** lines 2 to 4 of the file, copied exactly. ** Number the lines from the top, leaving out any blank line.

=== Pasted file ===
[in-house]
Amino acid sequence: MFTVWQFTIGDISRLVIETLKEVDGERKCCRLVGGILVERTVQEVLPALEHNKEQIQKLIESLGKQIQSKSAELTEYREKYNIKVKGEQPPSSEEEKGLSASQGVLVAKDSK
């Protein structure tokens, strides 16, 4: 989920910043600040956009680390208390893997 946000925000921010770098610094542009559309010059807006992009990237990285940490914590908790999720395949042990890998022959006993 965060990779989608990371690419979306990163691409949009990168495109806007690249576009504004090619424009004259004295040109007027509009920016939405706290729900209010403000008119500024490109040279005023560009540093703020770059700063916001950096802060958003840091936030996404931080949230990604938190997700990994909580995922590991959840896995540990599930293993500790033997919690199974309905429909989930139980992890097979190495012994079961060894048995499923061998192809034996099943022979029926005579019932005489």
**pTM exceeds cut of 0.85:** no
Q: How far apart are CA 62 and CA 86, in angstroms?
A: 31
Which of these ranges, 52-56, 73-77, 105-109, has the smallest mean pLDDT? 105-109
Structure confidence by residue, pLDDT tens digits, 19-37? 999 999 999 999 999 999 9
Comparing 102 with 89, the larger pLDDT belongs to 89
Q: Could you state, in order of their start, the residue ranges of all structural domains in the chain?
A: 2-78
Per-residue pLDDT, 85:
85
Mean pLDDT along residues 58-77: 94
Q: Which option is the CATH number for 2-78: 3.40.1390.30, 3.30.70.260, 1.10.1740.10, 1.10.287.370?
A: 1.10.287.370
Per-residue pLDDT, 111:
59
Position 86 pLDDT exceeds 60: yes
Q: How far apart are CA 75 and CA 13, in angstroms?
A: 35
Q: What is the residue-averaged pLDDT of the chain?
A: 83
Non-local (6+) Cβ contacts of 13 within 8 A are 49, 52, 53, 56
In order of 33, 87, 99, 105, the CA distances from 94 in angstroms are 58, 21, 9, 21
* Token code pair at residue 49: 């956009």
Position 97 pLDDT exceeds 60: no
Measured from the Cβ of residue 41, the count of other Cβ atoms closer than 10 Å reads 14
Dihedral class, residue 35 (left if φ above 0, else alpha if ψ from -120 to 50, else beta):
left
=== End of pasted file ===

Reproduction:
Amino acid sequence: MFTVWQFTIGDISRLVIETLKEVDGERKCCRLVGGILVERTVQEVLPALEHNKEQIQKLIESLGKQIQSKSAELTEYREKYNIKVKGEQPPSSEEEKGLSASQGVLVAKDSK
């Protein structure tokens, strides 16, 4: 989920910043600040956009680390208390893997 946000925000921010770098610094542009559309010059807006992009990237990285940490914590908790999720395949042990890998022959006993 965060990779989608990371690419979306990163691409949009990168495109806007690249576009504004090619424009004259004295040109007027509009920016939405706290729900209010403000008119500024490109040279005023560009540093703020770059700063916001950096802060958003840091936030996404931080949230990604938190997700990994909580995922590991959840896995540990599930293993500790033997919690199974309905429909989930139980992890097979190495012994079961060894048995499923061998192809034996099943022979029926005579019932005489």
**pTM exceeds cut of 0.85:** no